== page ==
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15 October 2009

Third Anniversary of the Plane Crash That Killed New York Yankees Pitcher Cory Lidle

Three years ago this week, on October 11, 2006, New York Yankees pitcher Cory Lidle, Cory Lidle and his flight instructor Tyler Stanger were killed when their aircraft crashed into a 50-story building on the upper east side of Manhattan. One person on the ground sustained serious injuries, two people on the ground sustained minor injuries, and the airplane was destroyed by impact forces and postcrash fire.

The sequence of events was reported to be as follows:

- The aircraft departed the airport at Teterboro, NJ at about 2:30 p.m.

- After traveling south along the Hudson River west of Manhattan, the aircraft cirlcled the Statue of Liberty at about 2:36 p.m.

- The aircraft proceeded to travel around the southern tip of Manhattan and then north along the East River on the east side of Manhattan, climbing to an altitude of about 800 feet at about 2:39 p.m.

- Shortly after the aircraft flew past the United Nations building and the Queensboro Bridge, it was seen to veer toward Manhattan at about 2:41 p.m., and radar contact was lost about a minute later.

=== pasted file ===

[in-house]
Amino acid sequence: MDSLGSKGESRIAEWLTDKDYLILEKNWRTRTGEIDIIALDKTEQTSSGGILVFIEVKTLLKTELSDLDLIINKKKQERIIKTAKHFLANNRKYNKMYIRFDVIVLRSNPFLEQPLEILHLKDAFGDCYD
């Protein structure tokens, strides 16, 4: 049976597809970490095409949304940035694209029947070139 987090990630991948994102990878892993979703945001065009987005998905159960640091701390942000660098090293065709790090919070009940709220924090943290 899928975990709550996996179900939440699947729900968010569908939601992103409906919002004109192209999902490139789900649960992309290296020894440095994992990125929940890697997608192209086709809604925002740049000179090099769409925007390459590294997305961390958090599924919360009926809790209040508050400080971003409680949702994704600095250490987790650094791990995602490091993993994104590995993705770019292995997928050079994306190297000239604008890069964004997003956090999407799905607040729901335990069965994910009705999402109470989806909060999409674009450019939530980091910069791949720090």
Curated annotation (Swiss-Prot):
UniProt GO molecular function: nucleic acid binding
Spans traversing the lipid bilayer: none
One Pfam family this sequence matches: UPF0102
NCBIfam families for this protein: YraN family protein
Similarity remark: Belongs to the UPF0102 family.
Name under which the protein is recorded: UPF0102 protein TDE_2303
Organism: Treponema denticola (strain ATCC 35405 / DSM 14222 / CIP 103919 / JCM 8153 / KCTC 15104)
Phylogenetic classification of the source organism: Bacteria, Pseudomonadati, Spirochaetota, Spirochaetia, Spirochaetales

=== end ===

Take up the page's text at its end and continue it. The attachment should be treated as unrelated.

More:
- The aircraft, which had been flying north and with a 13-knot wind coming from the east (from right side of the aircraft), made a sharp turn to the left, crashing into the north side of a 50-story building on 72nd Street, at about the 333 feet (101 meters) above street level.

The accident was investigated by the NTSB, and they found that the crash had several probable causes, including pilot decision making before and during the flight.

For more details, including additional photos and links to the FAA and NTSB reports, please visit's Cory Lidle page.

1 comment:

  1. I've noticed that out of maybe 8 Cirrus accidents in the past 3 years, only one used its ballistic parachute system. It must really wreck the aircraft to fire the 'chute, as many pilots are choosing to ride the aircraft down using their skills and chance.